New B2B Insights: Sustainability is table stakes, renewable energy is the new “shiny object”
Sustainability is table stakes, and renewable energy is the new “shiny object” for B2B decision makers.
These are two key take-aways from our third annual B2B Pulse, which tracks shifts in the importance placed on sustainability as it relates to purchase decisions by business decision makers, their companies and their customers.
(By the way, what business decision makers want from the companies they buy from mirrors what consumers want: “use renewable energy” is one of two mandates consumers are giving companies, according to our soon-to-be-released Eco Pulse study.)
As always, the study polled many types of business decision makers, from CEOs to purchasing managers, in a wide range of industries, including business services, real estate development, healthcare, education and retail. This year we surveyed medium to large businesses (from 50 employees to over 1000 employees) to develop a well-rounded understanding of how sustainability, energy efficiency and clean energy are perceived and acted upon in the B2B environment. This year we also sampled businesses in both the U.S. and Canada.
The study shows that the importance of sustainability in decisions related to operations, capital improvement, construction and purchasing/supply chain has steadily increased over the last three years (78% in 2016 vs. 67% in 2013). Supporting this trend, we see a continued increase in the number of companies including questions on corporate environmental practices and/or social responsibility in RFPs, as well as increases in the percentage utilizing formal sustainability checklists.
However, each role (CEO, CFO, Facility Manager, etc.) has different priorities and areas of concern with regard to sustainable practices, product selection and facility features/improvements. Job titles cross-tabulated with environmental outlook and purchasing priorities revealed that the two are strongly correlated.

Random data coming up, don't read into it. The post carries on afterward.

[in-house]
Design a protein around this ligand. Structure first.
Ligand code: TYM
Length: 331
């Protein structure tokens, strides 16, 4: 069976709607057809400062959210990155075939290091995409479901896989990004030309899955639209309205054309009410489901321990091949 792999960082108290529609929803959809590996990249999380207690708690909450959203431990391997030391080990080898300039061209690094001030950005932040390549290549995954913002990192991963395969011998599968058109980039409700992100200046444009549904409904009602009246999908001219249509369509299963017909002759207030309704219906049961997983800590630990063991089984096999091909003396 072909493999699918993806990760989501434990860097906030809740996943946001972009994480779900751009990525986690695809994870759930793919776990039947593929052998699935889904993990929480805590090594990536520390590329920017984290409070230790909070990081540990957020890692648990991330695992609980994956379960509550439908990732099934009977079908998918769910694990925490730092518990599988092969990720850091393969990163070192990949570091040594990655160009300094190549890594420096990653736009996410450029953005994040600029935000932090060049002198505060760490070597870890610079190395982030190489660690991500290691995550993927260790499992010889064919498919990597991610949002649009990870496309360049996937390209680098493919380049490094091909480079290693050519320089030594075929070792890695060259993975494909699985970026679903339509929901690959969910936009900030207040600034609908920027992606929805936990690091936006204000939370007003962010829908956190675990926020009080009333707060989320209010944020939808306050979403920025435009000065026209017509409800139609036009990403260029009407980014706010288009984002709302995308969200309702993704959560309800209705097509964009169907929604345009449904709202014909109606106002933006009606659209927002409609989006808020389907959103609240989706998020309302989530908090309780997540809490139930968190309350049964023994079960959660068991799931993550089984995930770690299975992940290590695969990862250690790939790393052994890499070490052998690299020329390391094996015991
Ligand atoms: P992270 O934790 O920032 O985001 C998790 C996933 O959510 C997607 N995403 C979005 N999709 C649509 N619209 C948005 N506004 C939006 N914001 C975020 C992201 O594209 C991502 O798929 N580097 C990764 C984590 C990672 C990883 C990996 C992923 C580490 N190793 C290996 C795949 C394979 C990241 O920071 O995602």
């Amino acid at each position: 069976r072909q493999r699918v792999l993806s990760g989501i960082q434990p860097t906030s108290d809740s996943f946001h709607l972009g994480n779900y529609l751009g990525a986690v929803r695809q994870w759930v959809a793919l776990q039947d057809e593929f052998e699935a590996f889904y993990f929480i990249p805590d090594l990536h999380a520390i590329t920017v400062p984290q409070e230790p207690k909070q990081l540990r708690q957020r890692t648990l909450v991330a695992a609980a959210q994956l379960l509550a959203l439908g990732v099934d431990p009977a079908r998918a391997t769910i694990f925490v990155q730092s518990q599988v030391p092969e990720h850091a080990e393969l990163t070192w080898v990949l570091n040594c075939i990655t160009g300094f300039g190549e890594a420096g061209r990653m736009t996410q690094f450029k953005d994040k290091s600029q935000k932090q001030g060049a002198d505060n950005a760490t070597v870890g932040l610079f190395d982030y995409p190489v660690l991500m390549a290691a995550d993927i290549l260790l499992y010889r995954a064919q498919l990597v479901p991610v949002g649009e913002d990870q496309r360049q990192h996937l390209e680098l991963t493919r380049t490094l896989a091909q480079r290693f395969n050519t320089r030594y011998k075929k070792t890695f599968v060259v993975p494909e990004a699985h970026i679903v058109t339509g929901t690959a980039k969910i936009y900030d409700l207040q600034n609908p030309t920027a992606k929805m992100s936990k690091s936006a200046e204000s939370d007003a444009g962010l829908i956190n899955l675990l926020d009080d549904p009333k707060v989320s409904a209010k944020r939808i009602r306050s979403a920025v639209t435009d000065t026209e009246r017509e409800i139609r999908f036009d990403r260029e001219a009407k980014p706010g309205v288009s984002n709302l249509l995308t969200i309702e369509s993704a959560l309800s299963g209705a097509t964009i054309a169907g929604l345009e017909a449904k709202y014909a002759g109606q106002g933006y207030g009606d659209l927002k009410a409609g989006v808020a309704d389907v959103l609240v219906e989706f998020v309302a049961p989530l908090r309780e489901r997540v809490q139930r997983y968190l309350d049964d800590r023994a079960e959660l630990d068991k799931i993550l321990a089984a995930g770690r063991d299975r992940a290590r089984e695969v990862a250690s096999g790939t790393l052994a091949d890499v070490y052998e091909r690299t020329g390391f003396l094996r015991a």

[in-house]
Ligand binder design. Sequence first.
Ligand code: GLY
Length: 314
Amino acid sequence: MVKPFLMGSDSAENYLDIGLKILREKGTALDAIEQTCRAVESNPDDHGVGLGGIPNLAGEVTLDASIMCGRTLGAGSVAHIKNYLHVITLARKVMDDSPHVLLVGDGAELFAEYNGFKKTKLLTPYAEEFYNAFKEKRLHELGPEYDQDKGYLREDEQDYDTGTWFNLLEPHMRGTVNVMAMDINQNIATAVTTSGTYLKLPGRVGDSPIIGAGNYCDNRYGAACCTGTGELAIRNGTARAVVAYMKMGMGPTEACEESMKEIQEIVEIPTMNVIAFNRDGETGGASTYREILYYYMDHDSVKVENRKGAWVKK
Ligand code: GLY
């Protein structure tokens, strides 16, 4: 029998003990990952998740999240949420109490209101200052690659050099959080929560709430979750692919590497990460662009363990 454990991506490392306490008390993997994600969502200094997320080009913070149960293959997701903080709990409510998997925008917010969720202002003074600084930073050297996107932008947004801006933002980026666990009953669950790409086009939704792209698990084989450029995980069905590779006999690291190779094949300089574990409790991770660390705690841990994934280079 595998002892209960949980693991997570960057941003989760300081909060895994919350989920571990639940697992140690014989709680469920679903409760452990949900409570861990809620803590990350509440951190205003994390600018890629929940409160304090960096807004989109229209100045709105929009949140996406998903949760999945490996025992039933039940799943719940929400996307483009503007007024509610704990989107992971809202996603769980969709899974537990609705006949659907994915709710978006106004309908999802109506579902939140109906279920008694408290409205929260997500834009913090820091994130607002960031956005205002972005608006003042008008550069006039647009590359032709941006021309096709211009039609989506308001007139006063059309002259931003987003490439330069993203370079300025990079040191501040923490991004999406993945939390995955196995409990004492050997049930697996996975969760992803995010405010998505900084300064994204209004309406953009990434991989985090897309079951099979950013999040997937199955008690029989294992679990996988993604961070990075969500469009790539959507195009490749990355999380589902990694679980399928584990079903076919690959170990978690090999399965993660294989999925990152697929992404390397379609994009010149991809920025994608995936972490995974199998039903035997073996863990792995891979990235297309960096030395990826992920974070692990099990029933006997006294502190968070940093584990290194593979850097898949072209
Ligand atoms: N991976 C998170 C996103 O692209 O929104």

The decision makers who are most engaged? Builders/Architects and CIOs. This makes great sense when you think about their mindset and responsibilities. Both must have a highly forward-thinking outlook. Builders/Architects are constructing facilities that must serve the needs of their clients for many years into the future, and CIOs must be futurists as they make decisions in the most rapidly changing environment of all: emerging technologies. These decision makers could be seen as the “canaries in the coalmine” in regard to their emphasis on sustainability. If it has become a critical part of their decision sets, it will very likely be equally important to all others soon.
We dig into these decision makers and what they care about related to sustainability in our new, free B2B Pulse Special Report, available today: A Field Guide to Leveraging Your Sustainability Story with Key Business Decision Makers. Download a copy and learn what sustainability features/claims drive choices for:
- Facility and Property Managers
- Purchasing/Supply Chain Managers
- Commercial Developers, Builders and Architects
Finally, there are a number of findings in this year’s study that should give utilities pause:
- The percentage of businesses getting at least some of their electricity from a source other than their local distribution utility is nearing 50%.
- 72% would consider purchasing electricity from a utility alternative (non-utility provider).
- Almost 90% either already have, or would like to consult with, an outside firm to improve their facilities’ energy efficiency.
- 66% are likely to increase their reliance on renewable energy, and 56% said onsite renewable generation (wind, solar, etc.) was an important/very important aspect of building performance and operations.
There are an ever-increasing number of companies encroaching on the traditional utility/customer relationship, creating new energy procurement and facility improvement options for businesses. Increasing interest and engagement on these issues signal new opportunities for utilities that could improve relationships with mid-size to large business customers.
In addition to the free downloadable field guide, you can purchase your copy of the full report here. And we’re happy to talk through the findings and their implications for your business anytime.
TAGS: Built Environment, Corporate Sustainability, Efficiency & Conservation, Energy & Environmental Marketing